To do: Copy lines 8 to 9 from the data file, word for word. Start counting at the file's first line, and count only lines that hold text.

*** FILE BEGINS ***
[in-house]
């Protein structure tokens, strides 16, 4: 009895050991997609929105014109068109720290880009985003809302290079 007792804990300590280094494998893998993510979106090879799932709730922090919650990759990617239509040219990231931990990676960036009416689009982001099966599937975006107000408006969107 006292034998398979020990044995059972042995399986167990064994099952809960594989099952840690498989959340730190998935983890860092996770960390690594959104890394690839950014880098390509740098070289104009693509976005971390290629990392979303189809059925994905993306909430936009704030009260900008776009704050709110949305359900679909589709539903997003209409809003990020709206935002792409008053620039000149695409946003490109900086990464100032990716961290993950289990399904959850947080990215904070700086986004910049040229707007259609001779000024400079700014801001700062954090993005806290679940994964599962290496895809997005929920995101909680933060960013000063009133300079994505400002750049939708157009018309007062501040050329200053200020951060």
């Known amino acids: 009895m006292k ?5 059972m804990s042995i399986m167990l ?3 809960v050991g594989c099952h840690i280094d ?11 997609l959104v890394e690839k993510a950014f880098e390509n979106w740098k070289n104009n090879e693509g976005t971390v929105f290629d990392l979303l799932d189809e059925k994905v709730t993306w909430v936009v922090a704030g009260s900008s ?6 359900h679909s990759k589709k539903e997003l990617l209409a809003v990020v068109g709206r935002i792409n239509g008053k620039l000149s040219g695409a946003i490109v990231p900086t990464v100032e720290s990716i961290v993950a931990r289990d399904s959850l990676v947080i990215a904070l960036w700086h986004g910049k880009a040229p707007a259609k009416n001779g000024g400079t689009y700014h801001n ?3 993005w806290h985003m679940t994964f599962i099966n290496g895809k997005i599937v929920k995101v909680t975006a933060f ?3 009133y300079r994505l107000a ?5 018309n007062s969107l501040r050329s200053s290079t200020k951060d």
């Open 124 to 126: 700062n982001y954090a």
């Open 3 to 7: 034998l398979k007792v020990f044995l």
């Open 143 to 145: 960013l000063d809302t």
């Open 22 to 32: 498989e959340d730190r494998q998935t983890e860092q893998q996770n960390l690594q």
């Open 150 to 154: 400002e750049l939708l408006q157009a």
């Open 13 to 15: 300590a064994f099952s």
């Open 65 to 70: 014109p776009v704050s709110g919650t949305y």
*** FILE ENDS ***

């Open 150 to 154: 400002e750049l939708l408006q157009a």
């Open 13 to 15: 300590a064994f099952s």